On Friday, the Supreme Court of Canada issued an opinion on the constitutionality of the federal government’s Impact Assessment Act (IAA), formerly known as Bill C-69. The ruling was part of a “reference case,” which involves the provincial and federal governments asking the courts for advisory opinions.
While the opinion is technically non-binding, it will likely send the federal government back to the drawing board. At the very least, they will have to put together a suite of amendments to bring the Act into conformity with the court’s opinion.
The IAA was designed to ensure that environmental and social issues were taken into account during the approval process of major projects such as pipelines, power plants, mines and other significant investments, while attempting to add some predictability and clarity.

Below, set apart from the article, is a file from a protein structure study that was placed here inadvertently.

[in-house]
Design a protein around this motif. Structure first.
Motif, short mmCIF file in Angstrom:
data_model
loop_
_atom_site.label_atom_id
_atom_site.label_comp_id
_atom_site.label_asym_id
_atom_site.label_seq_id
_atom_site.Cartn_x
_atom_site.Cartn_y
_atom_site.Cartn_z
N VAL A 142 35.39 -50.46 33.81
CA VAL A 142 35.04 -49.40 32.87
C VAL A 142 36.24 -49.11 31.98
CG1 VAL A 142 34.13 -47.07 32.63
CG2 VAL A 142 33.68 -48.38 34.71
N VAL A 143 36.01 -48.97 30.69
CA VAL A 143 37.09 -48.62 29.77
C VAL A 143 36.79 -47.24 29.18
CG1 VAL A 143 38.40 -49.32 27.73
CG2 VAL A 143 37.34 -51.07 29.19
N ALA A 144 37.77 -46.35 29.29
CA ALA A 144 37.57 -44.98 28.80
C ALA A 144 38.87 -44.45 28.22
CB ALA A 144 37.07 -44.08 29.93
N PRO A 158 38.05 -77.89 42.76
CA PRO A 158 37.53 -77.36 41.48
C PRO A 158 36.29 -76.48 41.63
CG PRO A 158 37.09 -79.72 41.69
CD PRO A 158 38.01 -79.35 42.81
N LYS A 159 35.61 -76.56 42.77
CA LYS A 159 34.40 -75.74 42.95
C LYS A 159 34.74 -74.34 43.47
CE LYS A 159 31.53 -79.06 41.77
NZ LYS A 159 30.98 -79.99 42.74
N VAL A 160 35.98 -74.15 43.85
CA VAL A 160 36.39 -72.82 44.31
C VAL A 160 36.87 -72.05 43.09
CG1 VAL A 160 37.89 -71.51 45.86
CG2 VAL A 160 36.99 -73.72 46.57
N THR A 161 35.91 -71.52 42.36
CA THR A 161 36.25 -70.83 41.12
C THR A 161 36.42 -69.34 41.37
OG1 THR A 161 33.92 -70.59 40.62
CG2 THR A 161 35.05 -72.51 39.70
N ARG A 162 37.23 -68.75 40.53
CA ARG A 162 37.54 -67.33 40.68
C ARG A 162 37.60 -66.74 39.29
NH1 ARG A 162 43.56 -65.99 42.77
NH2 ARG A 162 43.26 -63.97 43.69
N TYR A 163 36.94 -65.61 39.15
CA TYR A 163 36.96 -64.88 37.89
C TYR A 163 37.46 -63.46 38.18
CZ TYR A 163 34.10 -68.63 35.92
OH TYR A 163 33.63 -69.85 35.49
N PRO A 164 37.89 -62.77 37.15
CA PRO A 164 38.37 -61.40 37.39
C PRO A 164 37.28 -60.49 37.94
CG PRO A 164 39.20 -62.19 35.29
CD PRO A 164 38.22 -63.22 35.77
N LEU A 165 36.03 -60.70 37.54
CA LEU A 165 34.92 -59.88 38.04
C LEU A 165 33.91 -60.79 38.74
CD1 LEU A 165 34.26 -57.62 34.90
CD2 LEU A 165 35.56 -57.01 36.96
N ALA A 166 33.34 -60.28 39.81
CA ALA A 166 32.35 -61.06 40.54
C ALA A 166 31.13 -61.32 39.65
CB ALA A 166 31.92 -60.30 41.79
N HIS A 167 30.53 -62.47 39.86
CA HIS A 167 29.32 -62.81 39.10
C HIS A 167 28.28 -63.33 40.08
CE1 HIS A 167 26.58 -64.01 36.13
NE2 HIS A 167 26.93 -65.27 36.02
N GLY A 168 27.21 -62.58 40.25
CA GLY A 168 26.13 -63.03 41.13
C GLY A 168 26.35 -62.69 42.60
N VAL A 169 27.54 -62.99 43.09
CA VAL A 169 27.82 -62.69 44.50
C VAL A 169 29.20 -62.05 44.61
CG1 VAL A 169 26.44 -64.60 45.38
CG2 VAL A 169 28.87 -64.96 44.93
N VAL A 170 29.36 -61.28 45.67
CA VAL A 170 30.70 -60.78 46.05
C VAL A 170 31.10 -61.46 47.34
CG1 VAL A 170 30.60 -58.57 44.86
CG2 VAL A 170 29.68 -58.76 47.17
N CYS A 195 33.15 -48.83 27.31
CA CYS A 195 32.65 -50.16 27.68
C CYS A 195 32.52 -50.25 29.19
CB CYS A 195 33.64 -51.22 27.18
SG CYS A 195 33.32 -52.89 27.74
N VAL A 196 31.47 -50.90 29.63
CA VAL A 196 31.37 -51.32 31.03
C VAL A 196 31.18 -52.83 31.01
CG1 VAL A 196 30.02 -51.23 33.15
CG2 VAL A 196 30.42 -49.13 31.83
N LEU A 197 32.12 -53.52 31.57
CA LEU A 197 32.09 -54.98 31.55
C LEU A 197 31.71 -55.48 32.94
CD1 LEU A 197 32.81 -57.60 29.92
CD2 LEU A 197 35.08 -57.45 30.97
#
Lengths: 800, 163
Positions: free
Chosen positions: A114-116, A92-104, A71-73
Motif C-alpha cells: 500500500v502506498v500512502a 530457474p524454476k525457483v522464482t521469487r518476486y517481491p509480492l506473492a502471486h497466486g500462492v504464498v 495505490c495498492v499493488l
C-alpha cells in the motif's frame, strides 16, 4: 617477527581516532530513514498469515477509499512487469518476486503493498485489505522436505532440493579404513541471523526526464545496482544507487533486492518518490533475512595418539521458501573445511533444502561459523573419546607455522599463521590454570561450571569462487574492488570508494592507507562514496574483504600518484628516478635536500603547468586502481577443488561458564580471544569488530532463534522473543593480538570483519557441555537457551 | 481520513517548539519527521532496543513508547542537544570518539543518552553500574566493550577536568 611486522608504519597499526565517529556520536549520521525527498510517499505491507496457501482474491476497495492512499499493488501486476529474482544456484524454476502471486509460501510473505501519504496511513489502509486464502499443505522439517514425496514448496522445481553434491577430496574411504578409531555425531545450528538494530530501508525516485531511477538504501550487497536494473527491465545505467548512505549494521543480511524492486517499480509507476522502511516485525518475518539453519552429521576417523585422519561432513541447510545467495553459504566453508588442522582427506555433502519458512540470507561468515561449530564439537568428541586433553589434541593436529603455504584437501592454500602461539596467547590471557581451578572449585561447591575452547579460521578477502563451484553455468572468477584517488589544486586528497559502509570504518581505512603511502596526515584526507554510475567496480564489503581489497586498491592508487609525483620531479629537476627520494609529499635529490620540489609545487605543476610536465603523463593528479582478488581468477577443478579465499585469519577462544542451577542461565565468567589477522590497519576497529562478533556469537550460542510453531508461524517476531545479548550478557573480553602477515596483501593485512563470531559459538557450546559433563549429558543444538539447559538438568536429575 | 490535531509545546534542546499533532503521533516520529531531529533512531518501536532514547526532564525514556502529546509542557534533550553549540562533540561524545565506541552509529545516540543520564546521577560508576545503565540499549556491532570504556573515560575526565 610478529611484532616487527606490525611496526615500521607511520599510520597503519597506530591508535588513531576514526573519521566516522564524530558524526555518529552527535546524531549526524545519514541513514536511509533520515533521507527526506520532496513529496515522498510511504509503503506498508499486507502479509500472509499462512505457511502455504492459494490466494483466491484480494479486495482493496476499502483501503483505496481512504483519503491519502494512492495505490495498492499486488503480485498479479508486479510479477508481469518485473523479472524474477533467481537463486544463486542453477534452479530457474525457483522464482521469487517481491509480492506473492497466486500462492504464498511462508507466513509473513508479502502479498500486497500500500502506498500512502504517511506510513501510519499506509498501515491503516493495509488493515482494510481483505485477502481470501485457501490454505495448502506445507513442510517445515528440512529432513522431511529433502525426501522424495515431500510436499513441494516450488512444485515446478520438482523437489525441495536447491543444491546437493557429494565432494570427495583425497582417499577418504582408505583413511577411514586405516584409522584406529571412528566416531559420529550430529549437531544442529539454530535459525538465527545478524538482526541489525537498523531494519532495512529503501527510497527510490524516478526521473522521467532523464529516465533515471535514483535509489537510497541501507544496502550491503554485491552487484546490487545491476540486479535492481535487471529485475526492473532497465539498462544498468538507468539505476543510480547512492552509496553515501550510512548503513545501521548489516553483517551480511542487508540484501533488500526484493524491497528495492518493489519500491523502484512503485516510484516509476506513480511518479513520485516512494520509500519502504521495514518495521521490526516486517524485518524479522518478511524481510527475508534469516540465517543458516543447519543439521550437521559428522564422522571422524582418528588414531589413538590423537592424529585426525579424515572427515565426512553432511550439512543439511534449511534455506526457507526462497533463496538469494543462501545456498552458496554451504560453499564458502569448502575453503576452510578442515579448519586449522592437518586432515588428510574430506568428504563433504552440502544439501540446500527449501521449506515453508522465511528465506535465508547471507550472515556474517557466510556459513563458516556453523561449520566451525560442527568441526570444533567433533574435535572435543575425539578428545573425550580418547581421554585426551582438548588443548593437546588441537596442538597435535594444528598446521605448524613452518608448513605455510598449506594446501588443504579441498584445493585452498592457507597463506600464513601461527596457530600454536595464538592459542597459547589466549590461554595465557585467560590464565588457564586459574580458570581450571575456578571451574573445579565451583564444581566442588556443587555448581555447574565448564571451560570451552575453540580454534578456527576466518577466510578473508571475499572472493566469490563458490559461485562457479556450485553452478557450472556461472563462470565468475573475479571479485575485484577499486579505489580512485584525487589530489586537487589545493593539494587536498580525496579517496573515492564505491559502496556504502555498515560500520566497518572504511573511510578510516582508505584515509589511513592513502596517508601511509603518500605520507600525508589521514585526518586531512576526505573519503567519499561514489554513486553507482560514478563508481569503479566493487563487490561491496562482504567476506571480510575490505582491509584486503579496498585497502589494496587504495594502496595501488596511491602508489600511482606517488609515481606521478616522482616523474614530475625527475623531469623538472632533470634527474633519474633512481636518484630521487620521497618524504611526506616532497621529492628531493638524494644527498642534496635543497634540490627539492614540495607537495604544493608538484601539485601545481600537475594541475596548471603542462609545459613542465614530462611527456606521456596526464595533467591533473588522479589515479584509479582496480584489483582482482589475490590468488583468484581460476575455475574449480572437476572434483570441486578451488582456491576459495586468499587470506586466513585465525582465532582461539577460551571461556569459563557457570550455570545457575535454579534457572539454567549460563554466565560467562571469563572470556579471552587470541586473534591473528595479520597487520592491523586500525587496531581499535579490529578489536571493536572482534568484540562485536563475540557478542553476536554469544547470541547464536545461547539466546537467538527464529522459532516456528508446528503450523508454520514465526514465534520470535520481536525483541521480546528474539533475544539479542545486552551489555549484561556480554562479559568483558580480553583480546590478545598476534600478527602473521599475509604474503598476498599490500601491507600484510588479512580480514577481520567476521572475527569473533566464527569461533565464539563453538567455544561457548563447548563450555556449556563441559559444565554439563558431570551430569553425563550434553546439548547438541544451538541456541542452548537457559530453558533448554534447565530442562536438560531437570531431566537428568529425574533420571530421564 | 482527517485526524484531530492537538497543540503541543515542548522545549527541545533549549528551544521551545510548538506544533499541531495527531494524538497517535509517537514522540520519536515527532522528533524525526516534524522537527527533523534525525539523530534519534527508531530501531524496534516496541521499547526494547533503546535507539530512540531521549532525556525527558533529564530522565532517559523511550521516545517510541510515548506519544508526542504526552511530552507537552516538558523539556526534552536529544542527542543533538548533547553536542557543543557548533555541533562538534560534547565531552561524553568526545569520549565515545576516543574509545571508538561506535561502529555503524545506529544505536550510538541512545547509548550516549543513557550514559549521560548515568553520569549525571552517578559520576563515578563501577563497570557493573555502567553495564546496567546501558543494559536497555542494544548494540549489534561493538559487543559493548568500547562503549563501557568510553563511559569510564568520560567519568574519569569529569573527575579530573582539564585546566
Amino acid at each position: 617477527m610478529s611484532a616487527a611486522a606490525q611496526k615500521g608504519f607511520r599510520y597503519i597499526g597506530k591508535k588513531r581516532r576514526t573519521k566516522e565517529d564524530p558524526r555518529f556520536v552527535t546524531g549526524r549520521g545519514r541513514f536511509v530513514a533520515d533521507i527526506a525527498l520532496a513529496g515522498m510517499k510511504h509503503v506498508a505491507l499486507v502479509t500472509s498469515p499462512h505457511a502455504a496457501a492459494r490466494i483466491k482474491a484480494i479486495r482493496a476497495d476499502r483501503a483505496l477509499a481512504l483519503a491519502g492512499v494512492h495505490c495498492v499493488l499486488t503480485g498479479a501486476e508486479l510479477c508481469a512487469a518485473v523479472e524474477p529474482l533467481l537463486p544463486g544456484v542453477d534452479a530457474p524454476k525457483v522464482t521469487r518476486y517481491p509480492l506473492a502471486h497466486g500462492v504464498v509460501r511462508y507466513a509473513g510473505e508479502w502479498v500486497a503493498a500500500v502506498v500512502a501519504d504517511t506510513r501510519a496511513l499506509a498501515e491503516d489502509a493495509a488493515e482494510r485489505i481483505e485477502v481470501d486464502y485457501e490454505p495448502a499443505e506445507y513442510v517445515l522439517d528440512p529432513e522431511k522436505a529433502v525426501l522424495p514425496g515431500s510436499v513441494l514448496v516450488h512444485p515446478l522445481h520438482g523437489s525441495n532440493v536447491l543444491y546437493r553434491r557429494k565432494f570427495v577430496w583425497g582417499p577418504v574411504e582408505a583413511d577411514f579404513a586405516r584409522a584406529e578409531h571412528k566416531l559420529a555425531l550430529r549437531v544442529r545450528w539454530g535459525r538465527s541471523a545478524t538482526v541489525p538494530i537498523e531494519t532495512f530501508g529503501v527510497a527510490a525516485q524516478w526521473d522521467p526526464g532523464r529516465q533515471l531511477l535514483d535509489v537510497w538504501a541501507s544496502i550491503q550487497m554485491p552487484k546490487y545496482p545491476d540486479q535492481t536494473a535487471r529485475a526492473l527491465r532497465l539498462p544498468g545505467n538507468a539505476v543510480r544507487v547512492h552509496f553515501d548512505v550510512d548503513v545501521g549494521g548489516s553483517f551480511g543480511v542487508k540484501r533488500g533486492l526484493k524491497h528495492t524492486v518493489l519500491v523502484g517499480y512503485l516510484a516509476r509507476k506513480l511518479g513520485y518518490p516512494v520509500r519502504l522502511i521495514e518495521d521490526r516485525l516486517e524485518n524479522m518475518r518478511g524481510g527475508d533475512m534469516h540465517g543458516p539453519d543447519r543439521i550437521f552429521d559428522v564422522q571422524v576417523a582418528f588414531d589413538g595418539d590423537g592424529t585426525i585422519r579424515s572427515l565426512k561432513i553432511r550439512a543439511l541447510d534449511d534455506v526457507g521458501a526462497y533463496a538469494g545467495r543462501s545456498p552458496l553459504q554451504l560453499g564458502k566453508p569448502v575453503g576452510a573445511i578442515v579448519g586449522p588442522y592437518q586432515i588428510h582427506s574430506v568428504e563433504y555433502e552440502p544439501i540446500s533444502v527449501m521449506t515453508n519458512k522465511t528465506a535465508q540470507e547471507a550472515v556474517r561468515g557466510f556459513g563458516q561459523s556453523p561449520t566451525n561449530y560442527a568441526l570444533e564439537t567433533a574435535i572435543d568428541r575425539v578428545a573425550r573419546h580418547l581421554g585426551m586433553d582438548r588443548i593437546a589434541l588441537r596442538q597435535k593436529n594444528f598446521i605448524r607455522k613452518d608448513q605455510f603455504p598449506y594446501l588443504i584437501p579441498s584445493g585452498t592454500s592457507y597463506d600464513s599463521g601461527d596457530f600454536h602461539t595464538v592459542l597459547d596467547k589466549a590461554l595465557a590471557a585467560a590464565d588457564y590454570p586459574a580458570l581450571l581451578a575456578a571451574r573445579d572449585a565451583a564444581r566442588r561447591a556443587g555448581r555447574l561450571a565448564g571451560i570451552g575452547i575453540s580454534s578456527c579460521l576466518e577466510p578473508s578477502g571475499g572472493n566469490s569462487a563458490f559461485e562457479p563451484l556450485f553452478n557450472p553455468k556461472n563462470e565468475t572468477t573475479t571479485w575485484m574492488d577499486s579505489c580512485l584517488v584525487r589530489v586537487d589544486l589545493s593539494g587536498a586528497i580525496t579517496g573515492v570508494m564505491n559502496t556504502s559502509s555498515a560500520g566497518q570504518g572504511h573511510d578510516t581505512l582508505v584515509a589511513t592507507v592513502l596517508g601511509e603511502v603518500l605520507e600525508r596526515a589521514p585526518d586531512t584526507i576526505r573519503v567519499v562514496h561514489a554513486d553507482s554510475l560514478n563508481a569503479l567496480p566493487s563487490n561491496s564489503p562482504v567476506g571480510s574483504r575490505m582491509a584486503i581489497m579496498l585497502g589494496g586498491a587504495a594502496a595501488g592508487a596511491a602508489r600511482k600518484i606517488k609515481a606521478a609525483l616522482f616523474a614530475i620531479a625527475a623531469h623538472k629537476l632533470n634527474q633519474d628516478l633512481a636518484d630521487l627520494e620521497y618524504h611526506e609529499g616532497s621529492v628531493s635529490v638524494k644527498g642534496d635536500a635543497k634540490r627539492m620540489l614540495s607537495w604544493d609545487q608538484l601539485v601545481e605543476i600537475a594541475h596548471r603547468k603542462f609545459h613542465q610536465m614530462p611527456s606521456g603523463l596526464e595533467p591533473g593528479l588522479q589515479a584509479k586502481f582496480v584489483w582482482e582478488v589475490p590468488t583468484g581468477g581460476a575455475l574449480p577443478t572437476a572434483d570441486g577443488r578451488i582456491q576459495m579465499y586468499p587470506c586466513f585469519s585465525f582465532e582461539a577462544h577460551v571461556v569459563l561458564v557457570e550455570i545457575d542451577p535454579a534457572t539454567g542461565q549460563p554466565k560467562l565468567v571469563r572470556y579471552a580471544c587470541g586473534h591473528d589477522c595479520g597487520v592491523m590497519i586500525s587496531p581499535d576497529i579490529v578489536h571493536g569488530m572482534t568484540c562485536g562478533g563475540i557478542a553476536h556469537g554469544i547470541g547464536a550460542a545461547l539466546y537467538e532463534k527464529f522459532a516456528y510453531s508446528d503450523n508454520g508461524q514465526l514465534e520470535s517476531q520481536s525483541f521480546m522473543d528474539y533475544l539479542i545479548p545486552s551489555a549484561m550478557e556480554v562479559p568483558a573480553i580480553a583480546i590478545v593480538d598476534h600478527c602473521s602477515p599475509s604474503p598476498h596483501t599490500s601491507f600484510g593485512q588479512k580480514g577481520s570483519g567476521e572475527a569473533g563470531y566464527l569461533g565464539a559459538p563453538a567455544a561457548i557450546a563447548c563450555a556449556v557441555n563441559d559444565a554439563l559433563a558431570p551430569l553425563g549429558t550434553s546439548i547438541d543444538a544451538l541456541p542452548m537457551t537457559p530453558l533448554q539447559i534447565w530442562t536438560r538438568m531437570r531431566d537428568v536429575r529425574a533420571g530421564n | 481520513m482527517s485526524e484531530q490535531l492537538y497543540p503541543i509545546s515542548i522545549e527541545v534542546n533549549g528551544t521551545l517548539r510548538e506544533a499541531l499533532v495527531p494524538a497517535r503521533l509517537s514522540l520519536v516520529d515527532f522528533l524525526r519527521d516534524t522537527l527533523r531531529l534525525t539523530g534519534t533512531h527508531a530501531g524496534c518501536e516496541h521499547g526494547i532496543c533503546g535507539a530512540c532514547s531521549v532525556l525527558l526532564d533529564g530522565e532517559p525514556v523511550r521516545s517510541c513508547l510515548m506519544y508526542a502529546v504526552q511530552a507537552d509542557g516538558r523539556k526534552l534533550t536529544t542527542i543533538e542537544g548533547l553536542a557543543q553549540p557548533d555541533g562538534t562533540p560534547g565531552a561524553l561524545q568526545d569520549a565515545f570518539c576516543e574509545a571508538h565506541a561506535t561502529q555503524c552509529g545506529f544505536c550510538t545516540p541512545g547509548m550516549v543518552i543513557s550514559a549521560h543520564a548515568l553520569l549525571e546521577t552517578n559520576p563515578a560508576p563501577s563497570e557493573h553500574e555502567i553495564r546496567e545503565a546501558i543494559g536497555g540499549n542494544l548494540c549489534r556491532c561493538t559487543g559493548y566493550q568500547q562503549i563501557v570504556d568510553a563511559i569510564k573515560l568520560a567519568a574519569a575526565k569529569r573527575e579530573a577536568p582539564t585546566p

The Supreme Court, in a 5-2 split, indicated that if it were to rule on the Act, it would uphold most of it; however, the Act likely oversteps the federal government’s jurisdiction within provincial boundaries. At the same time, the ruling suggests those issues need to be taken into consideration and the federal government has jurisdiction across provincial borders and internationally.
The reference to the Supreme Court was made by the Alberta Government under then Premier Jason Kenney, in which he dubbed the new IAA “the no more pipelines Act”
There are currently 23 projects in the federal impact assessment process under the IAA, according to the Impact Assessment Agency of Canada.
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For more information and insights about what these developments mean for Canada’s political landscape, please contact:
Brian Gilbertson – Senior Strategy Advisor, Ottawa
Tara Bingham – Vice-President
To learn more about Prairie Sky Strategy, please visit our website.